TriMets plan to build a new MAX line connecting Portland to the southwest suburbs was thwarted Tuesday, when Metro voters rejected a funding measure for the project.
TriMet's plan to build a new MAX line connecting Portland to the southwest suburbs was thwarted Tuesday, when Metro voters rejected a funding measure for the project. trimet

Metro’s $5 billion transportation funding measure appears to have been rejected by Portland area voters.

Sponsored
Shop safely with the finest!
Oregon's Finest has great deals on cannabis gifts with curbside pickup & FREE delivery!

The “No” votes for Measure 26-218—which would have funded a new MAX line and a range of transportation safety and access improvements throughout Multnomah, Clackamas, and Washington counties—was leading by about 90,000 votes Tuesday evening, indicating the measure has failed to pass.

"This was an unprecedented election," said Metro Council President Lynn Peterson, who supported the measure, in a statement. "There were many things on the ballot and a lot of things on people's minds. I want to thank voters for considering this measure. Though disappointed, we are still committed to the vision and to the community who helped identify and build the vision."

The political battle over this measure, which was referred to the ballot by the regional Metro Council, was fiercer than any other local ballot measure this election cycle. A business-backed opposition campaign called Stop the Metro Wage Tax took issue with the measure’s proposed funding mechanism of a payroll tax on employers. Critics also questioned how effective the measure would be in reducing greenhouse gasses, and argued that it wouldn’t be wise to tax employers during a pandemic-caused recession. The opposition campaign issued a barrage of colorful political advertisements meant to persuade voters to reject the measure.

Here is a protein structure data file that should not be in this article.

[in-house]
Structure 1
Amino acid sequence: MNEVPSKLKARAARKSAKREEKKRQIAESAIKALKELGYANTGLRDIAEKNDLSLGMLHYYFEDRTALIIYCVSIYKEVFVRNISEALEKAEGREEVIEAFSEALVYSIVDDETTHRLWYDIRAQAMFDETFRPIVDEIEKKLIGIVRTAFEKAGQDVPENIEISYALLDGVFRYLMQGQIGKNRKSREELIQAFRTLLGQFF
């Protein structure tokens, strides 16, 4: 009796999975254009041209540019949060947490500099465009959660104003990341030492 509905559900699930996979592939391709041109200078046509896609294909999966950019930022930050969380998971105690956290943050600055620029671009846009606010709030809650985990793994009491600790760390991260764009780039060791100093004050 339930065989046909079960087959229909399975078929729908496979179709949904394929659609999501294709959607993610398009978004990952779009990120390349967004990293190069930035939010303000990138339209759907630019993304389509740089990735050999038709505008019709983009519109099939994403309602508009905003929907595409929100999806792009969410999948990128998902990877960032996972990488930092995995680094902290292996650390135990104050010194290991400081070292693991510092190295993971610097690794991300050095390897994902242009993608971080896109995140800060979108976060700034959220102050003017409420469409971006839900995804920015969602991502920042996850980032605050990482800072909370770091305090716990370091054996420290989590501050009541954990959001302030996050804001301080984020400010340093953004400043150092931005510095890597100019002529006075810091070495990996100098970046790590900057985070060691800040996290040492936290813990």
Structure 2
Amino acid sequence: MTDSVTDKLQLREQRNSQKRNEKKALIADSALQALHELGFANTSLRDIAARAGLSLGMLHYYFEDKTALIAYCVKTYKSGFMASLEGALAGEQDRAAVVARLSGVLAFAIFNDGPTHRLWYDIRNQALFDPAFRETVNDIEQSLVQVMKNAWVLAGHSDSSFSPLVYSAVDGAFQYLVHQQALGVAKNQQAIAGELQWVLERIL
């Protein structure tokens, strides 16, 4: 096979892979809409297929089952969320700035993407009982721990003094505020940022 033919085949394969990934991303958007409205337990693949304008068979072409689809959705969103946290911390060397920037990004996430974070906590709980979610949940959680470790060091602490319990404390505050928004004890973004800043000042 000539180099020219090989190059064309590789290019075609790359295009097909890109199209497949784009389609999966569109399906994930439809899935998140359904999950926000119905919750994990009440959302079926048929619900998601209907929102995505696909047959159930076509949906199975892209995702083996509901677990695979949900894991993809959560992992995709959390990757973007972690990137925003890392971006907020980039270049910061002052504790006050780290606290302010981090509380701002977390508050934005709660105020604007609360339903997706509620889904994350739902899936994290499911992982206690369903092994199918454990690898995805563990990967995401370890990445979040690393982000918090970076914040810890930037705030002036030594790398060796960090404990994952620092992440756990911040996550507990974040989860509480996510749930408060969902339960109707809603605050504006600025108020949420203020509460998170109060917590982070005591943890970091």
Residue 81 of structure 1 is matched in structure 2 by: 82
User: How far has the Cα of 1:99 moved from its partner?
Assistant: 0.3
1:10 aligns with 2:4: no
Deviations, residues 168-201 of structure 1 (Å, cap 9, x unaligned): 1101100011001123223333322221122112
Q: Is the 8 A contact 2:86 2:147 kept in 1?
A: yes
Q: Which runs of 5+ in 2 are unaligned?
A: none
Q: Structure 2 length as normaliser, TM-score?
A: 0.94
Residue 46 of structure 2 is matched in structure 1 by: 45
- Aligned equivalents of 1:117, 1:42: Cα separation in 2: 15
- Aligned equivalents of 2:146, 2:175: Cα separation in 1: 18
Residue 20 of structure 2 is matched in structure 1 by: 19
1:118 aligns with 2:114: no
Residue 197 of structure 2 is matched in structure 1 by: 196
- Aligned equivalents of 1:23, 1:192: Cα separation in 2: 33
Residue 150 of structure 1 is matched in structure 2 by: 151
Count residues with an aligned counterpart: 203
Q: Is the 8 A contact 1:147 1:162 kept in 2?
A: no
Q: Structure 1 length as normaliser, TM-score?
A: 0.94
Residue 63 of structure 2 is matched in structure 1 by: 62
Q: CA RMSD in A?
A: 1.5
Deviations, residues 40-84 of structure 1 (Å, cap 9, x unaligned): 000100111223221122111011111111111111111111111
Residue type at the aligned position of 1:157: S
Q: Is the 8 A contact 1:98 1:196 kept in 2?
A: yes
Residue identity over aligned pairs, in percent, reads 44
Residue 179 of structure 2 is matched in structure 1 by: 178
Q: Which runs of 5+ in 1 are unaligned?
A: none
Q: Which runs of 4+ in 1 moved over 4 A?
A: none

The measure also drew support from a coalition of local organizations which touted the measure’s potential to uplift communities of color, improve transit access for the region’s youth, decrease traffic violence on unsafe roads, improve congestion, offer more environmentally-conscious commuting options, and create sorely needed new jobs.

But in the end, the “Yes” campaign came up short on votes. As of 9 pm Tuesday, the measure was trailing by 17 percent in Clackamas and Washington counties, and six percent in Multnomah County.

“Defeat of the wage tax is a rejection of failed Metro leadership and mission creep and a victory for protecting family paychecks, job, and employers of all kind," said "No" campaign communications director Jeff Reading in a prepared statement. "In the future, Oregon employers should never be excluded or disregarded when local or state governments seek to raise new taxes."

Support The Portland Mercury

Since 2018, Metro area voters have approved millions of dollars in funding for affordable housing and houseless services. The failure to pass Measure 26-218 indicates that the region’s willingness to approve new funding measures may be wearing thin.

But Vivian Satterfield, co-chair of the "yes" campaign, said that transportation advocates were "not deterred" by the outcome.

“The community partners that shaped this package will continue to work together," she said, "alongside partners in Metro and the region, to ensure that the long overdue and critical investments in our region’s infrastructure are completed and long-awaited community programs are actualized.”